Tuesday, February 25, 2014

2 of 7: Our God is a tolerant God?

So I spent most of the day traveling to Key Largo. I managed to get my rental car just as rush hour was starting so it took me almost two hours to get from the airport to the hotel. On the way I passed two strip clubs, two adult video stores, one adult movie theater, an oriental massage parlor, and a sleazy lingerie shop called Dirty Laundry. I felt like The Block in Baltimore had been transported to Florida and stretched out over 50 miles of highway. Let's just say I'm really glad I brought a spray bottle of holy water and some blessed salt. Who knows what kind of creatures have been cast out of this hotel room! ;o) But seriously, pray for Southern Florida!

Anyway, since it's almost my bedtime I'll share an excerpt from The Problem of Pain by CS Lewis:
By the goodness of God we mean nowadays almost exclusively His lovingness; and in this we may be right. And by Love, in this context, most of us mean kindness--the desire to see others than self happy; not happy in this way or in that, but just happy. What would really satisfy us would be a God who said of anything we happened to like doing, "What does it matter so long as they are contented?" We want, in fact, not so much a Father in Heaven as a grandfather in heaven--a senile benevolence who, as they say, "liked to see young people enjoying themselves", and whose plan for the universe was simply that it might be truly said at the end of each day, "a good time was had by all". [...] Kindness, merely as such, cares not whether its object becomes good or bad, provided only that it escapes suffering. [...] It is for people whom we care nothing about that we demand happiness on any terms: with our friends, our lovers, our children, we are exacting and would rather see them suffer much than be happy in contemptible and estranging modes.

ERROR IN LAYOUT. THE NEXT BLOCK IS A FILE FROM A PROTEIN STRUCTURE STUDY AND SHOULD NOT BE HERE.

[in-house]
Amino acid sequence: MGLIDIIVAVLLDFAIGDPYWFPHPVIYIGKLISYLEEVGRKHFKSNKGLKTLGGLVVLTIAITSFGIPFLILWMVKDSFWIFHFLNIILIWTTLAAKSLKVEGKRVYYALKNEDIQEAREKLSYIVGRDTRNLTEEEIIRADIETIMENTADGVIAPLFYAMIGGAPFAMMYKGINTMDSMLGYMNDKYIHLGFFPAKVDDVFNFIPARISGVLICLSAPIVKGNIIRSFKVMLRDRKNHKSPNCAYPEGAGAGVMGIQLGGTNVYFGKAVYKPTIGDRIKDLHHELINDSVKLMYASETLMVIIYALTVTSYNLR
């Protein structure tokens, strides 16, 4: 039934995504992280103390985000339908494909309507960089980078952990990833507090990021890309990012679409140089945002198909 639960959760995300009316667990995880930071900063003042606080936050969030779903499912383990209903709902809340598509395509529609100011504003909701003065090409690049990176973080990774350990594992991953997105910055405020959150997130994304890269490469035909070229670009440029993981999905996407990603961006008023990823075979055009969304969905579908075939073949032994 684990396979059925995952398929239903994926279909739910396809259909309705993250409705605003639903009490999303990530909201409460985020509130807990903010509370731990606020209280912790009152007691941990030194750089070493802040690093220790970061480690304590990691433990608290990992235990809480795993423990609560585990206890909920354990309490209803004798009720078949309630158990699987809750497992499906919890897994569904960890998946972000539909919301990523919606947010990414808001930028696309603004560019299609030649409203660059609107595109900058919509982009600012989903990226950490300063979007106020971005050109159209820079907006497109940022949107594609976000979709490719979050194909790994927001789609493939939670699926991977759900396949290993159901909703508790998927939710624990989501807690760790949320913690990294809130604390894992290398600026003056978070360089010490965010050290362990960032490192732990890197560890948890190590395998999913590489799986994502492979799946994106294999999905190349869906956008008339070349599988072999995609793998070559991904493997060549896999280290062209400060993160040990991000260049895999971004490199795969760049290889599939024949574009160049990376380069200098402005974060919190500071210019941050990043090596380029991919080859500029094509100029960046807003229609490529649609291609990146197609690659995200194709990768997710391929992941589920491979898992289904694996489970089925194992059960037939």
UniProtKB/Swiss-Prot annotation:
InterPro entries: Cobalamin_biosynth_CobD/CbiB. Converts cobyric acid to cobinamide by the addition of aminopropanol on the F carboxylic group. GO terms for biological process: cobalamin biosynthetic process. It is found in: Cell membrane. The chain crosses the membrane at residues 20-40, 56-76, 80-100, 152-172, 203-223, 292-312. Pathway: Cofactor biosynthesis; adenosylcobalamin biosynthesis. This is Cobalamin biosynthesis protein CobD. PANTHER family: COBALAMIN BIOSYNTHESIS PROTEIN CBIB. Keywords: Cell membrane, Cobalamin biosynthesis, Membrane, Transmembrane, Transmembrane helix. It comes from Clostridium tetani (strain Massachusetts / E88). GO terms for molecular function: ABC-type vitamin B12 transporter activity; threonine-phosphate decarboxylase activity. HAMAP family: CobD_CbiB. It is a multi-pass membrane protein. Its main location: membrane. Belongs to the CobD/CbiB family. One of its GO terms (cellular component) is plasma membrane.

Is our God such a tolerant God? Lewis says, "though He has often rebuked us and condemned us, He has never regarded us with contempt. He has paid us the intolerable compliment of loving us, in the deepest, most tragic, most inexorable sense." As far as Lewis was concerned, the cold indifference of tolerance is a kind of contempt.

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